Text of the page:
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Proc Natl Acad Sci U S A. 2003 Oct 28;100(22):12966-71. Epub 2003 Oct 17.

Mutations in human complement regulator, membrane cofactor protein (CD46), predispose to development of familial hemolytic uremic syndrome.

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  • 1Institute of Human Genetics, University of Newcastle upon Tyne, Newcastle NE1 4LP, United Kingdom.

Abstract

Membrane cofactor protein (MCP; CD46) is a widely expressed transmembrane complement regulator. Like factor H it inhibits complement activation by regulating C3b deposition on targets. Factor H mutations occur in 10-20% of patients with hemolytic uremic syndrome (HUS). We hypothesized that MCP mutations could predispose to HUS, and we sequenced MCP coding exons in affected individuals from 30 families. MCP mutations were detected in affected individuals of three families: a deletion of two amino acids (D237/S238) in family 1 (heterozygous) and a substitution, S206P, in families 2 (heterozygous) and 3 (homozygous). We evaluated protein expression and function in peripheral blood mononuclear cells from these individuals. An individual with the D237/S238 deletion had reduced MCP levels and approximately 50% C3b binding compared with normal controls. Individuals with the S206P change expressed normal quantities of protein, but demonstrated approximately 50% reduction in C3b binding in heterozygotes and complete lack of C3b binding in homozygotes. MCP expression and function was evaluated in transfectants reproducing these mutations. The deletion mutant was retained intracellularly. S206P protein was expressed on the cell surface but had a reduced ability to prevent complement activation, consistent with its reduced C3b binding and cofactor activity. This study presents further evidence that complement dysregulation predisposes to development of thrombotic microangiopathy and that screening patients for such defects could provide informed treatment strategies.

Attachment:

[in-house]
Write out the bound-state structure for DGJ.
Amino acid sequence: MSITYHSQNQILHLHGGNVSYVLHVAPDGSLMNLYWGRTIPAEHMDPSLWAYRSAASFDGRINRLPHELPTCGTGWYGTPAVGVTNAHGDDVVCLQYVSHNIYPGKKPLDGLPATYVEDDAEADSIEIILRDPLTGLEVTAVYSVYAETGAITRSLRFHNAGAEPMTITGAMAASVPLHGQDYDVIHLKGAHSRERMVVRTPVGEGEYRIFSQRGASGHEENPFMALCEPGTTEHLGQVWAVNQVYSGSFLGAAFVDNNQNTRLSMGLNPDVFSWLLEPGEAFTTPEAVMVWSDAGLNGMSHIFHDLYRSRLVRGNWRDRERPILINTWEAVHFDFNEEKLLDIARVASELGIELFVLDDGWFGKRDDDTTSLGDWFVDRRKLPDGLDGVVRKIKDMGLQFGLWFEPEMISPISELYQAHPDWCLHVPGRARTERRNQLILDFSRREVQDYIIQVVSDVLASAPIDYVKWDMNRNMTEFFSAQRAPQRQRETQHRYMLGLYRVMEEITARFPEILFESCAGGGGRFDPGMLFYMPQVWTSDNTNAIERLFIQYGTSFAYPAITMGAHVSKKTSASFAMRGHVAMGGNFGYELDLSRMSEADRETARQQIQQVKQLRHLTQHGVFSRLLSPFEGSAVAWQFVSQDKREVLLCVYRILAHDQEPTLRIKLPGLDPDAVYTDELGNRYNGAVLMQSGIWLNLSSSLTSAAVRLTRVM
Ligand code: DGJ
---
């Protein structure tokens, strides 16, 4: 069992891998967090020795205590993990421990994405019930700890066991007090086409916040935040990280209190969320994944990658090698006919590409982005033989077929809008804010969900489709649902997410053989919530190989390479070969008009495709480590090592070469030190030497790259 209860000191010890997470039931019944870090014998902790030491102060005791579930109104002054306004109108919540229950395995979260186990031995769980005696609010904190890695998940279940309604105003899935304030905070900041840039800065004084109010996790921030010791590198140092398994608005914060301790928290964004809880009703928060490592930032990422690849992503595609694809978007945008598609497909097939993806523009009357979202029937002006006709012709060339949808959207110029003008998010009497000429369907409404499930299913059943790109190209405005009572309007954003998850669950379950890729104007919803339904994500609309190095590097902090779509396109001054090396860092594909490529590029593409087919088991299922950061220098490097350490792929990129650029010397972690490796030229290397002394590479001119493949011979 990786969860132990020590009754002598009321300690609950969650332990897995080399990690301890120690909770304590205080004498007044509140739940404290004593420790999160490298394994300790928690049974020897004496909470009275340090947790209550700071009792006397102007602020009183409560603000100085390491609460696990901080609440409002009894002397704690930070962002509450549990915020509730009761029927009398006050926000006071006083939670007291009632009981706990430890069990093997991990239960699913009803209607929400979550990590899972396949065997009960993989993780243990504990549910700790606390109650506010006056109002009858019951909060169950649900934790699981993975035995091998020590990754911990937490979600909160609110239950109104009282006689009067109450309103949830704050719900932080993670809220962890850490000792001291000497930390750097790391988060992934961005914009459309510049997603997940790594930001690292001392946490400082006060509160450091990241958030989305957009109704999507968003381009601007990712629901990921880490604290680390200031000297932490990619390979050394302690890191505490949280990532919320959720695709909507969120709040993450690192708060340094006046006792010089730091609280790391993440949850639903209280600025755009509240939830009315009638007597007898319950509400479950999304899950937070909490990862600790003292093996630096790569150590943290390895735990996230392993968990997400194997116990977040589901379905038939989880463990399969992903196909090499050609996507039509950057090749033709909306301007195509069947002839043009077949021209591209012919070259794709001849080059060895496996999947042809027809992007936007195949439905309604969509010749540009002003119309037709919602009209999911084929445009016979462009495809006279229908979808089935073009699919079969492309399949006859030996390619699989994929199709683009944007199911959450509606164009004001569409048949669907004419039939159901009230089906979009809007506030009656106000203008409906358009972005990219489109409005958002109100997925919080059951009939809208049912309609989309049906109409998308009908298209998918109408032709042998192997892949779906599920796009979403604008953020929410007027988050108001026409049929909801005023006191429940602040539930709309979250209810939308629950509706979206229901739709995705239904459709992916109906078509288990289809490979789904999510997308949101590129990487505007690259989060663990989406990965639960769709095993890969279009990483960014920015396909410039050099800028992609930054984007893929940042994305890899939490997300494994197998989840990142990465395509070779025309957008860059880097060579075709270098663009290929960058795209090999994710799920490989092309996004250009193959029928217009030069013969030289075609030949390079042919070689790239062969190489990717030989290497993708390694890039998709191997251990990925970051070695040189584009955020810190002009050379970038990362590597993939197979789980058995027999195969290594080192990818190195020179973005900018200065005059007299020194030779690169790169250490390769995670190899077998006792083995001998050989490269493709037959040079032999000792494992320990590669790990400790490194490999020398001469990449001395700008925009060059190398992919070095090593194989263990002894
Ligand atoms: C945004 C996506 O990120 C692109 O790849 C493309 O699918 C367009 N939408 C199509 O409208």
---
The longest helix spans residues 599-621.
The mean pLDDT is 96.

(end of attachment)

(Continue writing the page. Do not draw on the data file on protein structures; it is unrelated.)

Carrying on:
PMID:
14566051
[PubMed - indexed for MEDLINE]
PMCID:
PMC240728
Free PMC Article

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